He hopes his research will help growers capitalize on a crop they may already have, as well as find ways to cultivate pecan truffles in areas without native growth.

“It’s like any enterprise. The more research and technology is focused on it, the better you get at doing it, and the more efficient and productive the system becomes,” he said. “Then you develop consistent supplies.”

In March, they planted about 80 truffle-inoculated pecan trees at the University of Georgia extension orchard. While they will use them for pecan disease research, researchers will also experiment with and monitor their truffle production.

“There’s a lot that goes into growing truffles and that’s one reason why they’re so rare and so valuable,” Brenneman said. “It’s not something that just happens overnight.”

He said he has sourced and sent pecan truffles to chefs around the country interested in the product.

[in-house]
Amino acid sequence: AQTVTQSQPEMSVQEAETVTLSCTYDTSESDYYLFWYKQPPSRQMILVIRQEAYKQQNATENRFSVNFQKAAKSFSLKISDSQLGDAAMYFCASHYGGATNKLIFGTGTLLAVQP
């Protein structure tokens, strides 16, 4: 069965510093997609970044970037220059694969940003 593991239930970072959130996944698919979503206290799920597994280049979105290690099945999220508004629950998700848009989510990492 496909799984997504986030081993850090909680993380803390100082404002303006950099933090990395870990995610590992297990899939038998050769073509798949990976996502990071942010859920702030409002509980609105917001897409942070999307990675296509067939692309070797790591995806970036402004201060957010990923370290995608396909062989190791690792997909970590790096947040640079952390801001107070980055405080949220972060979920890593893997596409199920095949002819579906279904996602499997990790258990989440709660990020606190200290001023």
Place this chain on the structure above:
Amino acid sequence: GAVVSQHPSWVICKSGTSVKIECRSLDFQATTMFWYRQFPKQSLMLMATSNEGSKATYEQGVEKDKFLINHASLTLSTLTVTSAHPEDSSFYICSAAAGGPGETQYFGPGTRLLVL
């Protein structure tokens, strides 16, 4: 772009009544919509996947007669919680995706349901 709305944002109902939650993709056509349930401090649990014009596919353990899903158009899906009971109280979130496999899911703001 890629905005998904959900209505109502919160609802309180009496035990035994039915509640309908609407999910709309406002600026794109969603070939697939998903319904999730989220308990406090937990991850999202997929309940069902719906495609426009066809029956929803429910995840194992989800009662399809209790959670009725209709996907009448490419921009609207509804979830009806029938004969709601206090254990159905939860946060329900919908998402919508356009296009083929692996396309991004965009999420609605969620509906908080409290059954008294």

“There’s no doubt in my mind the markets are there. People want to buy this,” he said. “The limiting factor has just been the consistent supply.” Only a handful of growers are spending any time at all looking for and selling truffles, he said.

Lagotto Romagnolo dogs like Sophie are traditional truffle hunters in France. Contributed by Emma N. Hurt
Photo: For the AJC

Ancil Jacques is a mushroom grower in Reidsville who forages for truffles in pecan orchards and sells them to upscale restaurants. He splits the profits with pecan farmers.

The market is largely untapped, he said.

“Not enough people are taking advantage of it for me to have seen competition yet,” he said.